Congregational homogeneity: an unintentional segregation
The Reverend Martin Luther King, Jr. once famously said that “it is appalling that the most segregated hour of Christian America is eleven o’clock on Sunday morning.” Sadly, these words ring just as true now as they did then.
After a 1963 speech at Western Michigan University, King was interviewed by the president of the university. In this interview, he explained his thoughts on this topic more fully:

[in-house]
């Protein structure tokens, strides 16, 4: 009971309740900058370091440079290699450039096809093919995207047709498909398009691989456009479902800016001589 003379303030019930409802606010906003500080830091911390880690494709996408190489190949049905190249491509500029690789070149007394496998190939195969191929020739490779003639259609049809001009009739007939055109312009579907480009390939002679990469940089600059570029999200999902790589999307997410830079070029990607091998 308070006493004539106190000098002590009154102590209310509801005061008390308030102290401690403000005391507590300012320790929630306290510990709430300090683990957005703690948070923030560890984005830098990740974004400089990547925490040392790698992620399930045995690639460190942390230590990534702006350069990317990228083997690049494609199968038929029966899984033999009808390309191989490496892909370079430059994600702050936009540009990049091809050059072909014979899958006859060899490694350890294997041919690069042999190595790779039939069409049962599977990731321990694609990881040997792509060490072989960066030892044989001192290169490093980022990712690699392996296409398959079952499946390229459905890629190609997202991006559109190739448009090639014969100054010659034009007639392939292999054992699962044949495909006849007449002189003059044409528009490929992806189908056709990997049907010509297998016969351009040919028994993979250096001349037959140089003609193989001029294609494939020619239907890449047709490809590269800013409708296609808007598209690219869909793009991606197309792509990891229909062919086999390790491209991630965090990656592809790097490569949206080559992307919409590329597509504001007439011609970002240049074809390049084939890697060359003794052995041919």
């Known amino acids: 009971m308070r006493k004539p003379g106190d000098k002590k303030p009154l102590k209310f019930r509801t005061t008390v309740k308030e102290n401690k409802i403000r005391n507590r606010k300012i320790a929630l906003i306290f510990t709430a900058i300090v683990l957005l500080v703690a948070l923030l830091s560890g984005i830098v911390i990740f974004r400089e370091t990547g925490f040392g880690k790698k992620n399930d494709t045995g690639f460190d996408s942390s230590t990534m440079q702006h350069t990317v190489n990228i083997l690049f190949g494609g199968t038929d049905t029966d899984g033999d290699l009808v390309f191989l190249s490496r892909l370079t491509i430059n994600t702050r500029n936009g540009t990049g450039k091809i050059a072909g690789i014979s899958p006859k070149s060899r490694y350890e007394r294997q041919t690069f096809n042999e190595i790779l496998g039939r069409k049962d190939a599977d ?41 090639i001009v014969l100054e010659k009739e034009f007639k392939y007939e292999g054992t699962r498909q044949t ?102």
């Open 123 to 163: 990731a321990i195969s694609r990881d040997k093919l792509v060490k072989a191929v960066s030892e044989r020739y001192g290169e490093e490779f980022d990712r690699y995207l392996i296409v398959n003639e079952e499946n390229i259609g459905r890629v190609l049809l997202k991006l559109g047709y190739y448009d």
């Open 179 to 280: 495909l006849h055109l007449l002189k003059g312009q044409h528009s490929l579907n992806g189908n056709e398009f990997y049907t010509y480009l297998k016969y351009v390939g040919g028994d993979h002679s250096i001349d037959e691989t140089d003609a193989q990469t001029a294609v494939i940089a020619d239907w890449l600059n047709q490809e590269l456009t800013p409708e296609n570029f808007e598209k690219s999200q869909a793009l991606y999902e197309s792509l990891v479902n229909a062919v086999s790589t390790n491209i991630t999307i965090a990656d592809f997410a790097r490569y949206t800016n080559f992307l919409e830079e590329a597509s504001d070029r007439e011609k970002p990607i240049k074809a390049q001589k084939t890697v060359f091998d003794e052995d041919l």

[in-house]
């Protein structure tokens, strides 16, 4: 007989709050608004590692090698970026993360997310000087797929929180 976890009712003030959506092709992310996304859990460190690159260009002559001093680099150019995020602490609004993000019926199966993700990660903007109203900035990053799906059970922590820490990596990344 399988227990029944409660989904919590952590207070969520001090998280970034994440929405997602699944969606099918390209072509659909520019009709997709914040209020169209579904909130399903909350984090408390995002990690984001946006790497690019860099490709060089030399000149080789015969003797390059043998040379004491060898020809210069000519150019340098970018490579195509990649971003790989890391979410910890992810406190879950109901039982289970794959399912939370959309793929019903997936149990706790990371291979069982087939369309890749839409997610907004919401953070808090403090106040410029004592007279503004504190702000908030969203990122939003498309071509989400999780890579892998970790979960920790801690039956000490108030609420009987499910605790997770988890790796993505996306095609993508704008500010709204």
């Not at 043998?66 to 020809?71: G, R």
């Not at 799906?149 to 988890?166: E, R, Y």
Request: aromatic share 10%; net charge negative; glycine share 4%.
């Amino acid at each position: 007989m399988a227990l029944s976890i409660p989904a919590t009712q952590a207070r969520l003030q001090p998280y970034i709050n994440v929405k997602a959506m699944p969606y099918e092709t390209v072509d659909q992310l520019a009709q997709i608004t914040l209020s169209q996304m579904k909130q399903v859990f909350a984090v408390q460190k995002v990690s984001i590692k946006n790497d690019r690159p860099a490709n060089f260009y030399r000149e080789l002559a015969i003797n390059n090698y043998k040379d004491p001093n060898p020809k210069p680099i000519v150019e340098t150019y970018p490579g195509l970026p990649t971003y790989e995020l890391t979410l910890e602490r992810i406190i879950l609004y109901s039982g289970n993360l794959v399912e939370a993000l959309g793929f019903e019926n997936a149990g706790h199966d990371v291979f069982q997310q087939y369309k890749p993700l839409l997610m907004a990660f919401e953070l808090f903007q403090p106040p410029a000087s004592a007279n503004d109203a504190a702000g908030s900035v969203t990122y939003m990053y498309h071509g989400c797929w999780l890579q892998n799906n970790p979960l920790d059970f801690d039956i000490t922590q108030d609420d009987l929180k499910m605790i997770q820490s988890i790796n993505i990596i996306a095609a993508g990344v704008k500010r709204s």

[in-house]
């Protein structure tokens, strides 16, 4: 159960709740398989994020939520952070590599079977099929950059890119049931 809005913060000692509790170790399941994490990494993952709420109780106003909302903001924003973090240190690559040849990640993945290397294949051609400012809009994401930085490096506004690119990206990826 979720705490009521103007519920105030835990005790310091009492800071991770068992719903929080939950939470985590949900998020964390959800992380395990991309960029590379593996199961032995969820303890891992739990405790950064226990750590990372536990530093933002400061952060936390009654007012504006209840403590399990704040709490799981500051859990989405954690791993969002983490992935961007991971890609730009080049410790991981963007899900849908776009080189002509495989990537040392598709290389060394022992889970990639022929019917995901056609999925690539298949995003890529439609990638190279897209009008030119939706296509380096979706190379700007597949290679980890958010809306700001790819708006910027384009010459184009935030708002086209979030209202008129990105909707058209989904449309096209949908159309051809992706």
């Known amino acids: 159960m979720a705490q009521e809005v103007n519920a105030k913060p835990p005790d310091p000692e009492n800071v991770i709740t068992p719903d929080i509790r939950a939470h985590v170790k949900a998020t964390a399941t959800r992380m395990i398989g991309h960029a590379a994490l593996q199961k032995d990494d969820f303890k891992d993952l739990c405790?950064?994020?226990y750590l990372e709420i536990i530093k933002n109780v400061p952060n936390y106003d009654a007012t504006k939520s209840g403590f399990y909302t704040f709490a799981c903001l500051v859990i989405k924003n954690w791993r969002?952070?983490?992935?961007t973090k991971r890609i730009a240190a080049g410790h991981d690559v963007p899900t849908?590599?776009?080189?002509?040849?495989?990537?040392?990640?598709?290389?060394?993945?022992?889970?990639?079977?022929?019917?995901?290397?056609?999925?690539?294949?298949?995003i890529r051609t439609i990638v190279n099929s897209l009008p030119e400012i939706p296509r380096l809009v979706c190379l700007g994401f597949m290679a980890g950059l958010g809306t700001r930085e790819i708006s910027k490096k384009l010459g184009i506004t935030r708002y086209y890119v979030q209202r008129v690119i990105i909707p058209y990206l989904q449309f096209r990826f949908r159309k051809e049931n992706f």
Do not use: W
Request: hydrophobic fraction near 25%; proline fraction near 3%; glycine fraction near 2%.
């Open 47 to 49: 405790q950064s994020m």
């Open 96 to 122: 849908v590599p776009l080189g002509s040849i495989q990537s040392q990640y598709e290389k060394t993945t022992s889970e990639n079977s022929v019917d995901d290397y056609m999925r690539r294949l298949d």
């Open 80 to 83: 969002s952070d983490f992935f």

We must face the fact that in America, the church is still the most segregated major institution in America. At 11:00 on Sunday morning when we stand and sing and [sic] Christ has no east or west, we stand at the most segregated hour in this nation. This is tragic. Nobody of honesty can overlook this. Now, I'm sure that if the church had taken a stronger stand all along, we wouldn't have many of the problems that we have. The first way that the church can repent, the first way that it can move out into the arena of social reform is to remove the yoke of segregation from its own body. Now, I'm not saying that society must sit down and wait on a spiritual and moribund church as we've so often seen. I think it should have started in the church, but since it didn't start in the church, our society needed to move on. The church, itself, will stand under the judgement of God.King speaks to the church today with the same prophetic forcefulness. Instead of being the agent of change in society, the church is still stuck in many places far behind a society that has had to move on, and rightly so. The church remains under the judgment of God—spiritually moribund and socially lethargic. Even though the Civil Rights Movement is long past, the church has yet to “remove the yoke of segregation,” but now the segregation is mostly unintentional rather than intentional. It’s easier to be segregationist than inclusive; it’s simpler to be homogenous than reflective of the diversity of God’s kingdom.